This is what goes unsaid — the Nakba happened not because all Israeli leaders were bloodthirstily intent on destroying another nation, but because in the face of a war of extermination, the military determined that communities that harbored foreign armies and villages from which the new state could be attacked posed an immediate and serious threat to Israel’s survival.

Those villages that assented to Israeli rule and promised to live in peace were left as they were. The roughly 2 million Arabs who are citizens of Israel today are the descendants of those who chose peace over war and still live in their homeland.

During that first war, a war in which Holocaust survivors went from their refugee ships straight to the battlefield, Israel’s options were life or death — and we cannot apologize for choosing life. We refuse to feel sorry for fighting for our survival.

The question then begs to be asked: What do we do with the Nakba? Committed as we are to the justice of our cause and to the triumph of truth, it is incumbent upon us as Jews to internalize this complicated chapter of our history.

We may, rightfully, oppose those hateful regimes, the Palestinian Authority among them, who have weaponized this narrative over the decades with the end goal being our people’s defamation and destruction. However, this opposition should not preclude radical empathy for the innocent families who suffered at the expense of our freedom.

We must reject the idea that our two national narratives are mutually exclusive: that either that Nakba never happened and Israel is perfect, or that the Nakba did happen and Israel has no right to exist.

We must assert that though throughout the course of the war of liberation, we inflicted much pain; this does not detract from the justice of Zionism, from the basic principle that the Jewish people deserves freedom.

And though the corrupt Arab governments of the region are largely to blame for the continuing plight of the Palestinian refugees and their descendants, we must ensure that for our historical role, we too share the burden of alleviating their suffering, in some way or another.

There are those who disagree, those who charge that the Zionist narrative must be pure, heroic, and unapologetically victorious. They suggest that our nationalism be as chauvinistic as any other. This, however, is in direct opposition to the fundamentals of our Jewish faith. Nuance, in fact, is built into our traditions.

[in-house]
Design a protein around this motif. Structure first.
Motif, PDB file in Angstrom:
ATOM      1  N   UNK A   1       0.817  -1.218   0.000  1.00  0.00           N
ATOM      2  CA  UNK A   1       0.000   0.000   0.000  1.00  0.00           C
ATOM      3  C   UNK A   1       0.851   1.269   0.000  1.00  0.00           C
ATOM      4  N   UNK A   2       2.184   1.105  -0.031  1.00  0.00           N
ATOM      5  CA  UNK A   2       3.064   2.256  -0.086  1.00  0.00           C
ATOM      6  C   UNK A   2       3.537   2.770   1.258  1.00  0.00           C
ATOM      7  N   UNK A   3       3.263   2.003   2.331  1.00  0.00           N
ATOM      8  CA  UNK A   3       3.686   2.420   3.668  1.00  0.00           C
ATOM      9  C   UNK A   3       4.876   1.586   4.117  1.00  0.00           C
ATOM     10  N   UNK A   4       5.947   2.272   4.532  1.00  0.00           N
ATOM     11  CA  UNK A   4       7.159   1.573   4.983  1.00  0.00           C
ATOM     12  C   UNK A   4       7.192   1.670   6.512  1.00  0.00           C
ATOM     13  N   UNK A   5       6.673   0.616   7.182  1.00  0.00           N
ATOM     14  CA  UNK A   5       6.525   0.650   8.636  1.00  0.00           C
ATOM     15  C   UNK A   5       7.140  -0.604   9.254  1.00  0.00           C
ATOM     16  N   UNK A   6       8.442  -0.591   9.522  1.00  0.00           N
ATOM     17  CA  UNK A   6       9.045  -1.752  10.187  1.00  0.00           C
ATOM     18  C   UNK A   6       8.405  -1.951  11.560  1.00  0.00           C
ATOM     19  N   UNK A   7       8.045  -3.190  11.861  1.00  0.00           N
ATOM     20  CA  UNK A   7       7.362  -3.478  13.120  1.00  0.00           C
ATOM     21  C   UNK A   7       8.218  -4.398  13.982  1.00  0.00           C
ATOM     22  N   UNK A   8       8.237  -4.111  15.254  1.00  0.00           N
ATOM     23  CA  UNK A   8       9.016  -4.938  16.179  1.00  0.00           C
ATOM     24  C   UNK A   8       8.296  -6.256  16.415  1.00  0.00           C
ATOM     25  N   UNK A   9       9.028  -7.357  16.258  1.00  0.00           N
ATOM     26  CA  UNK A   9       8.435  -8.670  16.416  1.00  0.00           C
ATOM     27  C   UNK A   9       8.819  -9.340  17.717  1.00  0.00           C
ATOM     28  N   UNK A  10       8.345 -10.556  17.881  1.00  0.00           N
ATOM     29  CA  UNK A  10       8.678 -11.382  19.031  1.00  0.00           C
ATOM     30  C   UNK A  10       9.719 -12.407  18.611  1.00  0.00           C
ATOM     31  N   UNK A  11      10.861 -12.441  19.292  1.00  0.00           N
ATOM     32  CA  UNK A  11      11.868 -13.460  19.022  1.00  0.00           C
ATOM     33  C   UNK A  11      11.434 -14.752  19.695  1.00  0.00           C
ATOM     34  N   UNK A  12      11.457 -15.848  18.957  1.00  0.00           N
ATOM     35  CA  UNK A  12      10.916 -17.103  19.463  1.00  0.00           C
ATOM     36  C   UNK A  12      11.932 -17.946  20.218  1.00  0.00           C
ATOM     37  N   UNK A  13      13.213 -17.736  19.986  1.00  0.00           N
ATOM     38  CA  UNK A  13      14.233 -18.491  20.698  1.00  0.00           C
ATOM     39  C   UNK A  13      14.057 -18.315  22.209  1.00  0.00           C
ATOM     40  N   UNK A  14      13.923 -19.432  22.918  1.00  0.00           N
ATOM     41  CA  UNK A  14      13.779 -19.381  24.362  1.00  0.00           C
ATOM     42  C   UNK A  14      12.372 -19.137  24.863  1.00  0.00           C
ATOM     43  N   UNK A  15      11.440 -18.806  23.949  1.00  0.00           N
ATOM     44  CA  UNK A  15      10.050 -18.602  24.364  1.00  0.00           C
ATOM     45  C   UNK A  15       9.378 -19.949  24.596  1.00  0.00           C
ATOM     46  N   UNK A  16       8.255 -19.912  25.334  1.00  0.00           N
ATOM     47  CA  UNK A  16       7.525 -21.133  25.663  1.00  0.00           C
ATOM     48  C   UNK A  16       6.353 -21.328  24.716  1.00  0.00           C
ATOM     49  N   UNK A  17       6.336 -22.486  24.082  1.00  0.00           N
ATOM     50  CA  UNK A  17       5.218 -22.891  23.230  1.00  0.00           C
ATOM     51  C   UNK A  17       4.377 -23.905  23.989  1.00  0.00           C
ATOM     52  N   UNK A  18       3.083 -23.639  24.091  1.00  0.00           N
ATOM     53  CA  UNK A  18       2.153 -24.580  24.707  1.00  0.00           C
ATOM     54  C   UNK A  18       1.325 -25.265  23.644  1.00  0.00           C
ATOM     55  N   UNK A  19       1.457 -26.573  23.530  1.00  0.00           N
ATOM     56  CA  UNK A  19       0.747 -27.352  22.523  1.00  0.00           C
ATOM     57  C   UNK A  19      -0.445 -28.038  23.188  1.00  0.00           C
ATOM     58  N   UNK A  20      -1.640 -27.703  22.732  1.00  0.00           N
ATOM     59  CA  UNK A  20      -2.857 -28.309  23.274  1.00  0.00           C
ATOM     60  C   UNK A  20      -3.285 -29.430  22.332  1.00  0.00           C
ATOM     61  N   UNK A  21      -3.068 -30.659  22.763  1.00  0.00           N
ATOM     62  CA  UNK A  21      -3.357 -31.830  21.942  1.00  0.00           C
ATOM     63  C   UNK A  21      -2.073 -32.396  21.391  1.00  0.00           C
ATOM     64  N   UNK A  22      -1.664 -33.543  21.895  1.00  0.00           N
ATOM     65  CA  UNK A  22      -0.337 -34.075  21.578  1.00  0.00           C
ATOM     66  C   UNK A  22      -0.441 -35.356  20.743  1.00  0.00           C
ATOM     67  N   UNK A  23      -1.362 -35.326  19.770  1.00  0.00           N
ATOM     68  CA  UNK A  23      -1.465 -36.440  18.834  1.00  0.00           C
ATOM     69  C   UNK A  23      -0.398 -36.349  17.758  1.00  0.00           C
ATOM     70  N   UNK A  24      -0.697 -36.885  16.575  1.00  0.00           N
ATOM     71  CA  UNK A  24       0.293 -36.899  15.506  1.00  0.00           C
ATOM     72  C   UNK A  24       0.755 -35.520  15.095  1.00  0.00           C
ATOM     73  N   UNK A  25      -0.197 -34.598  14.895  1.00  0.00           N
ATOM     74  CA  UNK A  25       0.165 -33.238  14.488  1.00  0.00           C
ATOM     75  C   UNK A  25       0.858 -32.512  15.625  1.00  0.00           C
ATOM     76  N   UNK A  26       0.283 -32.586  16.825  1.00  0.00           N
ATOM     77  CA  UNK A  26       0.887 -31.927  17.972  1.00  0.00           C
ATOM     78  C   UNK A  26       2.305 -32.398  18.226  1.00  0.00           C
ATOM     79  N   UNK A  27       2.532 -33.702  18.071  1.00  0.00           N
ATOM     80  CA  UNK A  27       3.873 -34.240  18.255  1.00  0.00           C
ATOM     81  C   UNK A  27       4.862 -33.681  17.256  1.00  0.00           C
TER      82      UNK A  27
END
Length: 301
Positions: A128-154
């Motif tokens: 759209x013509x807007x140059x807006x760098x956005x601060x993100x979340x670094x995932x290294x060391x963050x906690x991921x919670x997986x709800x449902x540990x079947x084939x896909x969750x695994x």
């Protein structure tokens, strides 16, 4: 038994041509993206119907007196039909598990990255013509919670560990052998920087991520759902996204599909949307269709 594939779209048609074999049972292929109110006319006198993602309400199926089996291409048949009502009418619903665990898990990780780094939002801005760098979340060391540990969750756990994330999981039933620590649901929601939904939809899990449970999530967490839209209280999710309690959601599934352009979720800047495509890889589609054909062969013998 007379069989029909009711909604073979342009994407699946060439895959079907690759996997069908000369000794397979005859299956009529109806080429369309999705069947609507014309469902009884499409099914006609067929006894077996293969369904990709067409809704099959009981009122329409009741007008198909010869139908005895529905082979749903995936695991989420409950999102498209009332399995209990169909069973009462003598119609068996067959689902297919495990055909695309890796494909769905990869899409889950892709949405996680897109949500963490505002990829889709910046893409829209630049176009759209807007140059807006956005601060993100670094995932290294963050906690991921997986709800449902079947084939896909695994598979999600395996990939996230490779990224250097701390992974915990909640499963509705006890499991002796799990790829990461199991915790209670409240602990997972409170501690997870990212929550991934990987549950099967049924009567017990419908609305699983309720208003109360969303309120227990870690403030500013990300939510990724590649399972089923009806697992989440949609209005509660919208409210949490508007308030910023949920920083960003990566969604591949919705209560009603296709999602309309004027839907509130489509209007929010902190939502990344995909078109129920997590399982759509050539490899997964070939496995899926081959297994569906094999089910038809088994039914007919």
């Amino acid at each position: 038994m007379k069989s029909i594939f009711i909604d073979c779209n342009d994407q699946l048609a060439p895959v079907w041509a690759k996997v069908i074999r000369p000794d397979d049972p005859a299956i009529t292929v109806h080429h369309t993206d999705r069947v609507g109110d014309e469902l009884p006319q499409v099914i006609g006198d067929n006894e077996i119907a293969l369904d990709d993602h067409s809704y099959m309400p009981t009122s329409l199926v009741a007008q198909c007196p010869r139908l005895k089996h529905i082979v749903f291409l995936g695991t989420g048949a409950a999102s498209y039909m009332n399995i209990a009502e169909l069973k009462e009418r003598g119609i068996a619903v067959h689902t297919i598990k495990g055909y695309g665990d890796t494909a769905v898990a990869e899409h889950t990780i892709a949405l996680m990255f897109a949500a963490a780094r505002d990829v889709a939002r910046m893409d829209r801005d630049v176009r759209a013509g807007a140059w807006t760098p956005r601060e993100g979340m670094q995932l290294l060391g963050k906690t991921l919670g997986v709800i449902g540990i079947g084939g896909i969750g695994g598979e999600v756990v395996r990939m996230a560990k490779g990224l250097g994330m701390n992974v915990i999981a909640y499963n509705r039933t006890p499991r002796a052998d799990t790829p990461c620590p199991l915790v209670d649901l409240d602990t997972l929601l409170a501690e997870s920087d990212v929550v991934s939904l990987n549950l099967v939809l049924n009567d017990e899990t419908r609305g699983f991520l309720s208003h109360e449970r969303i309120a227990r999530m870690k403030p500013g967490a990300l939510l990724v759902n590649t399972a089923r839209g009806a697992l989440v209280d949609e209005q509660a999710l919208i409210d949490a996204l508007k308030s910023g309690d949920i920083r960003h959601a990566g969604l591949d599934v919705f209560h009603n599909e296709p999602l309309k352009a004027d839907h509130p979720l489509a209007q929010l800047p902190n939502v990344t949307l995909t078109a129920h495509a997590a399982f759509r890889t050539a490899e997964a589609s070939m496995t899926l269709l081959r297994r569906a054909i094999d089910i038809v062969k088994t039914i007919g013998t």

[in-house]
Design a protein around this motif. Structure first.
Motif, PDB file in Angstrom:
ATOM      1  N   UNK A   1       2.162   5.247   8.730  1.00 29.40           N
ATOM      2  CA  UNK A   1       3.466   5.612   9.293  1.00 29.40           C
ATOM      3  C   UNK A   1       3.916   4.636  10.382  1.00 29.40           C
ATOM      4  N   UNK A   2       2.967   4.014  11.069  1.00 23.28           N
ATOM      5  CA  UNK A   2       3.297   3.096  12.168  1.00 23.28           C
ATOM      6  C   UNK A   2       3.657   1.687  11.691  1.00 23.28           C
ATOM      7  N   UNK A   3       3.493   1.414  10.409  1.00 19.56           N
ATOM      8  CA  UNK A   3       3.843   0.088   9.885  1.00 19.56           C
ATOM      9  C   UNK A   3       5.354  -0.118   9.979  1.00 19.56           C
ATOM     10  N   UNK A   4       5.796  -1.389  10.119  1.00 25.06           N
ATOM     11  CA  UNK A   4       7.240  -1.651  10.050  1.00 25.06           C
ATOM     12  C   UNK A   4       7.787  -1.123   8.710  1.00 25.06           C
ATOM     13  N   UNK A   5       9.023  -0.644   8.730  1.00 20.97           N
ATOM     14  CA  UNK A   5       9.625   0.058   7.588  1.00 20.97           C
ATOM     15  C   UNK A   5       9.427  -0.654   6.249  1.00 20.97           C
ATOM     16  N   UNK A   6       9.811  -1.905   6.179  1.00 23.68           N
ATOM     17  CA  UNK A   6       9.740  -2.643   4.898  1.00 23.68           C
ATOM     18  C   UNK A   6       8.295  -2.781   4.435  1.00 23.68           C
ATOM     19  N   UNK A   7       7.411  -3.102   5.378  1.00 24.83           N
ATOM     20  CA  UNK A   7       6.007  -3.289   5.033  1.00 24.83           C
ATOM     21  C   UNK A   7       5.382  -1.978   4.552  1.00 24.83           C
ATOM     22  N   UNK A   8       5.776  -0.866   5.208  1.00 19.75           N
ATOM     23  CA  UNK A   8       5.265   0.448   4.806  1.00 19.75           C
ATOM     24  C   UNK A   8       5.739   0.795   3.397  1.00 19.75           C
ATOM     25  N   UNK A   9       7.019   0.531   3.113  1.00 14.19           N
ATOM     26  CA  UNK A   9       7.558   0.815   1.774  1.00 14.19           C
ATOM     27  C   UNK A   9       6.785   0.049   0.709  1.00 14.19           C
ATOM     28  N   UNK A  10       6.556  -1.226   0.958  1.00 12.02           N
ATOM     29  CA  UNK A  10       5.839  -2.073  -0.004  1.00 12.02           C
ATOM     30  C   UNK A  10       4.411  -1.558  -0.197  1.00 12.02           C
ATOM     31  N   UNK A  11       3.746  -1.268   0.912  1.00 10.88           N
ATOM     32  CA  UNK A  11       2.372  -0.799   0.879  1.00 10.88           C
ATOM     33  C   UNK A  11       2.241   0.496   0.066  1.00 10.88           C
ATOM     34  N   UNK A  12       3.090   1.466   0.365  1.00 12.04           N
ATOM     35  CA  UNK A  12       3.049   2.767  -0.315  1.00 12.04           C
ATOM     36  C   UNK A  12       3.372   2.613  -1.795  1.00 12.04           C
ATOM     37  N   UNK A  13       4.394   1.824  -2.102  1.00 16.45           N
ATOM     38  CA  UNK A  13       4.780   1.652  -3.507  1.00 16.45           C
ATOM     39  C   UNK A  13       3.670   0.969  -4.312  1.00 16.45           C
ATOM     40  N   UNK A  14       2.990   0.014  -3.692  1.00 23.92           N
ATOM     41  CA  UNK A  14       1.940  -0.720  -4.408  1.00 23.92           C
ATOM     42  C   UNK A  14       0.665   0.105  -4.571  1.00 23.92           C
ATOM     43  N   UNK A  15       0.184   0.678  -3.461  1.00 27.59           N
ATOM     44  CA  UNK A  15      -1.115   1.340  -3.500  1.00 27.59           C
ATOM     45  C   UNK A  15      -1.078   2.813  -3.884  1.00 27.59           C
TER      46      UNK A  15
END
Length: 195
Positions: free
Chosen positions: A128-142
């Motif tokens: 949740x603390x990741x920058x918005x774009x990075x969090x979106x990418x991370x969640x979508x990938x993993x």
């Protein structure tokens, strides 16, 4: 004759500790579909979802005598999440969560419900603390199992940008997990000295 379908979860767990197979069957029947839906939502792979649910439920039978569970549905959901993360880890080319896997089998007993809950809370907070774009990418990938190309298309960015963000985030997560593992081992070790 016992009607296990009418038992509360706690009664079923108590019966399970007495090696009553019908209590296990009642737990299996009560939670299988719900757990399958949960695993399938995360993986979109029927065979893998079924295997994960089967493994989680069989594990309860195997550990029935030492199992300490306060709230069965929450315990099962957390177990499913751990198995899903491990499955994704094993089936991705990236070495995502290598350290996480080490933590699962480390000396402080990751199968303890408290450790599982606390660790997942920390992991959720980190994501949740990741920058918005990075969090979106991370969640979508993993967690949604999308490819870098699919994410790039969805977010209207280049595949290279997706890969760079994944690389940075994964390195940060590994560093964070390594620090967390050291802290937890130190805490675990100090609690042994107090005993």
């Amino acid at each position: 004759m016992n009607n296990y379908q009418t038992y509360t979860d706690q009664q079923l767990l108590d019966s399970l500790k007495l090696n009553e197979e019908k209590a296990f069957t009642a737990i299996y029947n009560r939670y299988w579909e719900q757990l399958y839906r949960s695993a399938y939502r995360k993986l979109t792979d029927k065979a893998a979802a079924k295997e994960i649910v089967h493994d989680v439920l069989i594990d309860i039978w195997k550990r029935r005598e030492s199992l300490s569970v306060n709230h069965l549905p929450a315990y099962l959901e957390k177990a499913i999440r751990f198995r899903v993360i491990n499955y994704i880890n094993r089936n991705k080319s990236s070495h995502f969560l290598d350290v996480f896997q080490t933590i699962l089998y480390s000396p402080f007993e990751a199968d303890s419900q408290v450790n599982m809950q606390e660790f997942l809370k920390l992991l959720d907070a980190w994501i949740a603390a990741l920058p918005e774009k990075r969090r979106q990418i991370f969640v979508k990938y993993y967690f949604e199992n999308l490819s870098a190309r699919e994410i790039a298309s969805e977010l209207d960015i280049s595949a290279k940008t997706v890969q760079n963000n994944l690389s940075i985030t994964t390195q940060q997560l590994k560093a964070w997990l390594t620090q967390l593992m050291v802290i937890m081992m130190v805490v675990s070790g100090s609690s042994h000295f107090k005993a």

Just as we celebrate our freedom on Israel’s Independence Day, so do we celebrate our ancestors escape from slavery into freedom on Passover.

During our festive meal, we recall that in the process of our liberation, God brought down the plagues on Egyptian society so that Pharaoh would assent to our Exodus or see his civilization crumble. 

And so, amid the complex rituals and blessings that make up our Seder, we take time to pour wine for the innocent Egyptian civilians who suffered. For, according to Proverbs 24:17, we do not rejoice when our enemy falls, nor exult when he stumbles. We don’t apologize for the Exodus and we don’t deny that innocent people suffered so that we could be free. Instead, we acknowledge the past with empathy and look toward a future in which pain and cruelty disappear from the world. This ancient custom should be a model for the way that we incorporate other narratives into the stories we tell about ourselves. 

The story of our people’s newfound freedom, of the founding of the modern State of Israel, is complicated. It’s full of miracles and joy, of pain and sorrow. It may not be the perfect story we thought it was, but we owe it to Israel to see it not as we may wish, but as it is. It is a country born out of an ancient hope to be free, a country that tries its hardest to pursue survival as morally as it can. We can ask for nothing more. 

Dallas native Matan Rudner made aliyah in August 2017.